food & drink
When we use the term 'corked' in reference to a bottle of wine, it does not mean that a bad cork has contaminated the wine. In Spanish the term is more exact, and even though there is no direct translation, the nearest, 'sabe a corcho' (tastes of cork) is more accurate. A tainted cork can make a bottle of what may have been a great wine worth little more than fodder.
Cork 'sickness' is TCA, signifying a cork that was probably infected when originally cut from the oak tree, and whereas the incidence of corked wine was usually quoted as between five and ten per cent, these days the figure is allegedly nearer one percent. The trouble is that restaurant customers being served wine from a newly-opened bottle often believe that if they do not like what they requested, they can get away with not paying for the bottle by claiming it was corked. Sommeliers and savvy wine waiters no longer accept this verdict unquestioningly, and although they may lose a customer, current tactics involve standing their ground. There is certainly no way a customer can drink a third of the bottle and then complain it was corked.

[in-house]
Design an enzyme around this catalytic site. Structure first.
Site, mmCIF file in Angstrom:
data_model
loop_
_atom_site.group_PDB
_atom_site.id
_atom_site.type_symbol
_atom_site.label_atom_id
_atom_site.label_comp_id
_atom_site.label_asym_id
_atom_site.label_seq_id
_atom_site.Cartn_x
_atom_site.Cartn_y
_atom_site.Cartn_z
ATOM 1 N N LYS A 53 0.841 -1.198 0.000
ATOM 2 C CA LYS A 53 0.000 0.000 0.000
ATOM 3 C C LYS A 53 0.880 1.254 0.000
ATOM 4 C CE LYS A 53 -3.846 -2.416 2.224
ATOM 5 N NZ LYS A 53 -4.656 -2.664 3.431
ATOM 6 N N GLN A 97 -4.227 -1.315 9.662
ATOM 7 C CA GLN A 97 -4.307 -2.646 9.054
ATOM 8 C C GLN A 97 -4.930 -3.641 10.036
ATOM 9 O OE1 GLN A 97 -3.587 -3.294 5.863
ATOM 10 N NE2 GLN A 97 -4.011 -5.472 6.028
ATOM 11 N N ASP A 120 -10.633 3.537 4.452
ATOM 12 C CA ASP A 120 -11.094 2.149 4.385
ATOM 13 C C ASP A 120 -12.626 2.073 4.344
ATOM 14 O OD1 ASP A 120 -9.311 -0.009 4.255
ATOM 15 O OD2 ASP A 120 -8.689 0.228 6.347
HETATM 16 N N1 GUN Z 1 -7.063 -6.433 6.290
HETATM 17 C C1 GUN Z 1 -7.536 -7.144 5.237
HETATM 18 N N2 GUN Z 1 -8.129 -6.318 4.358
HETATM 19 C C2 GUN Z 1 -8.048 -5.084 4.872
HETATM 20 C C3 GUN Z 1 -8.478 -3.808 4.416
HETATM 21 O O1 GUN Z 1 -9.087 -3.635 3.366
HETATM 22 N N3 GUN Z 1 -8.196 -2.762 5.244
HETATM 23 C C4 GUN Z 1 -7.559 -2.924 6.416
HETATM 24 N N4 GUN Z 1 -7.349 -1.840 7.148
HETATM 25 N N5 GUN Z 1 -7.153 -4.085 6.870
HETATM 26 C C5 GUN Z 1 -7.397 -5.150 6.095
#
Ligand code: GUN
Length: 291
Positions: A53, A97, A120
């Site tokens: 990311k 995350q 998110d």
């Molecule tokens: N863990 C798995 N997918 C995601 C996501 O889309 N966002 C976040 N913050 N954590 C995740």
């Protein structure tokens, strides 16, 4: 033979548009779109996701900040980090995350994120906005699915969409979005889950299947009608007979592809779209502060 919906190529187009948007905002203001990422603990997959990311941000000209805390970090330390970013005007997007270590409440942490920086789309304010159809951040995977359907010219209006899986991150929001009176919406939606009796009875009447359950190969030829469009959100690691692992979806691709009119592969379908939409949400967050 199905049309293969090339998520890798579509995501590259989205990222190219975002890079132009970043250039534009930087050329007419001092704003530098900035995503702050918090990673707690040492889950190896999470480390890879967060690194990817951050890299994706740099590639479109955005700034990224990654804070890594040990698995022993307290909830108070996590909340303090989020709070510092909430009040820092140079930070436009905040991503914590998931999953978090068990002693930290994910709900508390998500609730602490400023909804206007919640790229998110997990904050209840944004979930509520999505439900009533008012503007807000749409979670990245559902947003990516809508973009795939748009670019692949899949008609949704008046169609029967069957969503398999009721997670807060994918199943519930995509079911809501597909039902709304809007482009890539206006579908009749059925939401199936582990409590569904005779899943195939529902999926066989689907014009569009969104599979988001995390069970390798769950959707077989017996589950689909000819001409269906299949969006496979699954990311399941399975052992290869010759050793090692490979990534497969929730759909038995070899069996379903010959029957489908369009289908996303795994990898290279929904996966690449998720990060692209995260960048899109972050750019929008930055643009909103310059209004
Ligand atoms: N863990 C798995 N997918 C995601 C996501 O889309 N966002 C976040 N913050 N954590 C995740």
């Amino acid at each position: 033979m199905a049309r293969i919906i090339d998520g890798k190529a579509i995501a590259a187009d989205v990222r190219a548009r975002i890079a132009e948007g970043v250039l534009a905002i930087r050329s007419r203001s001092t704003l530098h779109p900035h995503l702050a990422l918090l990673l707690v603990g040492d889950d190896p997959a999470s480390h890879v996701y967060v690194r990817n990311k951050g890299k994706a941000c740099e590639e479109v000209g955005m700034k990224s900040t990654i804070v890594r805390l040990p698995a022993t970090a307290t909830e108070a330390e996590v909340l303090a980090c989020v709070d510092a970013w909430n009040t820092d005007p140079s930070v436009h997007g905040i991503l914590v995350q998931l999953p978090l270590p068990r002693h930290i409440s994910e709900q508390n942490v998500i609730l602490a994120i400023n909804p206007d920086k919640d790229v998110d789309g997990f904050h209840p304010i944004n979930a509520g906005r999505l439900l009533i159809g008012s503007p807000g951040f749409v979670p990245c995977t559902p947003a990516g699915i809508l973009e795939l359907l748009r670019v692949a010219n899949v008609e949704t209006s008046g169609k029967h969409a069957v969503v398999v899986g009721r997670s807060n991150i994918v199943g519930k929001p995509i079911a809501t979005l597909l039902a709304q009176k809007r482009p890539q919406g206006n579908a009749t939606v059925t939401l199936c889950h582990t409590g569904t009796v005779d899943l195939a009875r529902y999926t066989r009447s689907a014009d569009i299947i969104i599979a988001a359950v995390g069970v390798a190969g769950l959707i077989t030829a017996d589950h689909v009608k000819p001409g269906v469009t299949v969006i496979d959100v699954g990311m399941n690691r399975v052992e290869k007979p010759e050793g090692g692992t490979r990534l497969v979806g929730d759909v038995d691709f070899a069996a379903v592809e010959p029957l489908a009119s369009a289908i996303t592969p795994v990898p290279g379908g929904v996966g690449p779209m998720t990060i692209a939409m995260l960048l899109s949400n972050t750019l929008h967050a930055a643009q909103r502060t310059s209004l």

The picturesque little ceremony involving the waiter smelling the cork and then handing it to the customer to do the same, is pointless. If it's a bad bottle it should never get near the table in the first place.
In Spain they say a wine is 'picado' or just plain 'malo'. In fact I have never heard a wine referred to as tasting of cork. The commonest reasons for an unacceptable wine are oxidisation in the bottle and having been subject to high temperatures. While the battle between the cork lobby and the alternative closure lobby is at its height, and while countries like New Zealand and Australia do not use corks at all except for expensive reservas, Spain does not look like renouncing them any time soon.
One of the only in-depth studies on record is a Robert Parker tasting at Spain's Wine Future in 2009 for 600 tasters. A subsequent analysis showed only one percent of the wines to have been affected by cork taint.